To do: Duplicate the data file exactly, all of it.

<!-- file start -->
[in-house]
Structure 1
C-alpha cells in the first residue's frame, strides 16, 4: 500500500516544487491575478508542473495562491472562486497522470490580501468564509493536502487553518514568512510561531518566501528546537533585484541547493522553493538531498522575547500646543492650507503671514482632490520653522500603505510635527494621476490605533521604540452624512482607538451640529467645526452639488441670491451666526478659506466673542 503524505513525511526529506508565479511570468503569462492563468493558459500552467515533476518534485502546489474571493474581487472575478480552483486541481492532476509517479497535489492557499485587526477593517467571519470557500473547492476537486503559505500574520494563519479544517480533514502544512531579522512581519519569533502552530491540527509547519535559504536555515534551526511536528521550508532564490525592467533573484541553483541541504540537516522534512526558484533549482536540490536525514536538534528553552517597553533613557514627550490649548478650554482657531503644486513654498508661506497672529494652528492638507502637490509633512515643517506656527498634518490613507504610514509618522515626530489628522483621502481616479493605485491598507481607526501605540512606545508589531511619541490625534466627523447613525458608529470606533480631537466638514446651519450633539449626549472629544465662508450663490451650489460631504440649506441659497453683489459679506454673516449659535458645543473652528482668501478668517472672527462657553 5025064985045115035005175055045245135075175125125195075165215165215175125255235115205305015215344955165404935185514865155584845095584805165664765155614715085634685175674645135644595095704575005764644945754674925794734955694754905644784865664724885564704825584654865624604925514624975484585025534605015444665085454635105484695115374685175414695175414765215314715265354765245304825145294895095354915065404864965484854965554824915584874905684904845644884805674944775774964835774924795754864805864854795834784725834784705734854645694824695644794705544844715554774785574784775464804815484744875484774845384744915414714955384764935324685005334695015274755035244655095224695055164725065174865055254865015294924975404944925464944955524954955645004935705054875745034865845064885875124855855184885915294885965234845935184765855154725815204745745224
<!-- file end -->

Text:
[in-house]
Structure 1
C-alpha cells in the first residue's frame, strides 16, 4: 500500500516544487491575478508542473495562491472562486497522470490580501468564509493536502487553518514568512510561531518566501528546537533585484541547493522553493538531498522575547500646543492650507503671514482632490520653522500603505510635527494621476490605533521604540452624512482607538451640529467645526452639488441670491451666526478659506466673542 503524505513525511526529506508565479511570468503569462492563468493558459500552467515533476518534485502546489474571493474581487472575478480552483486541481492532476509517479497535489492557499485587526477593517467571519470557500473547492476537486503559505500574520494563519479544517480533514502544512531579522512581519519569533502552530491540527509547519535559504536555515534551526511536528521550508532564490525592467533573484541553483541541504540537516522534512526558484533549482536540490536525514536538534528553552517597553533613557514627550490649548478650554482657531503644486513654498508661506497672529494652528492638507502637490509633512515643517506656527498634518490613507504610514509618522515626530489628522483621502481616479493605485491598507481607526501605540512606545508589531511619541490625534466627523447613525458608529470606533480631537466638514446651519450633539449626549472629544465662508450663490451650489460631504440649506441659497453683489459679506454673516449659535458645543473652528482668501478668517472672527462657553 5025064985045115035005175055045245135075175125125195075165215165215175125255235115205305015215344955165404935185514865155584845095584805165664765155614715085634685175674645135644595095704575005764644945754674925794734955694754905644784865664724885564704825584654865624604925514624975484585025534605015444665085454635105484695115374685175414695175414765215314715265354765245304825145294895095354915065404864965484854965554824915584874905684904845644884805674944775774964835774924795754864805864854795834784725834784705734854645694824695644794705544844715554774785574784775464804815484744875484774845384744915414714955384764935324685005334695015274755035244655095224695055164725065174865055254865015294924975404944925464944955524954955645004935705054875745034865845064885875124855855184885915294885965234845935184765855154725815204745745224